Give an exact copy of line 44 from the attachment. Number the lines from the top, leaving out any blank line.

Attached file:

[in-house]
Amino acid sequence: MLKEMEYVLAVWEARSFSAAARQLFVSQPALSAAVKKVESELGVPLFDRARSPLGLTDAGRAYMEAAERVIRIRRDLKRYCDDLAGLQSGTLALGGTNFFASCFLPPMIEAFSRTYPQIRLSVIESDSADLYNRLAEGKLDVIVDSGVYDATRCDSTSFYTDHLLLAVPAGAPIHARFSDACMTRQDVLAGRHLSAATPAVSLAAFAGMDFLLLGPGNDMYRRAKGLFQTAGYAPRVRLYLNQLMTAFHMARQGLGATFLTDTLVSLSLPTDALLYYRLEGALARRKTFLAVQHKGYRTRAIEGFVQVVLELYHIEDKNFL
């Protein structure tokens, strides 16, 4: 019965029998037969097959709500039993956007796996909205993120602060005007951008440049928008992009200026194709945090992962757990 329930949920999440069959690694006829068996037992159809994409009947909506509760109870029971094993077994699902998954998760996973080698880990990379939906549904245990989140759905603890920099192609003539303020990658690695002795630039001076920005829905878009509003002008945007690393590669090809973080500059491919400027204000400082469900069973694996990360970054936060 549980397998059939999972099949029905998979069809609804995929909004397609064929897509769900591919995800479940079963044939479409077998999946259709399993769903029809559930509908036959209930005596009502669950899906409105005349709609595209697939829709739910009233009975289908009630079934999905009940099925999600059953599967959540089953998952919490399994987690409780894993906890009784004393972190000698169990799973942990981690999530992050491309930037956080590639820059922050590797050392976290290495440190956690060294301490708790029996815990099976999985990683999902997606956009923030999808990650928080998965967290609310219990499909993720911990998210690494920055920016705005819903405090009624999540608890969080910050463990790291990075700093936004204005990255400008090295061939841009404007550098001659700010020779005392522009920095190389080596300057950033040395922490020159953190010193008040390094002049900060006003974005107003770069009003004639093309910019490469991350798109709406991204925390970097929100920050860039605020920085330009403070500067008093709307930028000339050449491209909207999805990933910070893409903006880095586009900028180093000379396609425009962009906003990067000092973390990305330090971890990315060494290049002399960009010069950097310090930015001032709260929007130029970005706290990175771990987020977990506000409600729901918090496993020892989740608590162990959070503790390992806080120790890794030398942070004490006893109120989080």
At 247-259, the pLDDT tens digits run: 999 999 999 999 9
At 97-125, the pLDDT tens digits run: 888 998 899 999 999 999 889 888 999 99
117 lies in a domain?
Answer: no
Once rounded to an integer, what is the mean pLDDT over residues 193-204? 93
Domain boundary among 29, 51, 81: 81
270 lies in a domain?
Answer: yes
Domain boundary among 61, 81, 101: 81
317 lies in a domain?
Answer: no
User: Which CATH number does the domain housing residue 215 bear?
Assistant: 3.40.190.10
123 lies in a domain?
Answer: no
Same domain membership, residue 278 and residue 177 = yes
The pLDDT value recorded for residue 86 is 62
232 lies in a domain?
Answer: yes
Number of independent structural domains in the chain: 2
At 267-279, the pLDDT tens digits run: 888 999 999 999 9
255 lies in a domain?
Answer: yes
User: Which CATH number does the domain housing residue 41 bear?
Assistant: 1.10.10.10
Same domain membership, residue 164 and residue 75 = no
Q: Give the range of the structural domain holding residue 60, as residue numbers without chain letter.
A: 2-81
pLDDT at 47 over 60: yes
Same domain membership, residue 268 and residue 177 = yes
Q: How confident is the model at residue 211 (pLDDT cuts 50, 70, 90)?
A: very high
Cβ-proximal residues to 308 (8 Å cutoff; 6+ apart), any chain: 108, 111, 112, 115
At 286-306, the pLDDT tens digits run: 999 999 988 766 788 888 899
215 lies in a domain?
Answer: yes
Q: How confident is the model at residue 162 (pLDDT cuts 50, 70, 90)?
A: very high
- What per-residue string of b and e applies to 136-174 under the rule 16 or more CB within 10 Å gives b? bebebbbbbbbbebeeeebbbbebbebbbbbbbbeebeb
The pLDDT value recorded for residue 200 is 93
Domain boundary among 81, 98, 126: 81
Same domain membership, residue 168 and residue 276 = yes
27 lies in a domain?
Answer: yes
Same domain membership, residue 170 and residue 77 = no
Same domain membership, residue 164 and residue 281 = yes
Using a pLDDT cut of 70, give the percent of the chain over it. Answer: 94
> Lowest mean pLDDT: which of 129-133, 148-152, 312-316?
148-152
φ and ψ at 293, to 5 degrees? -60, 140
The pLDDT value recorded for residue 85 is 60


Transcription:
Domain boundary among 81, 98, 126: 81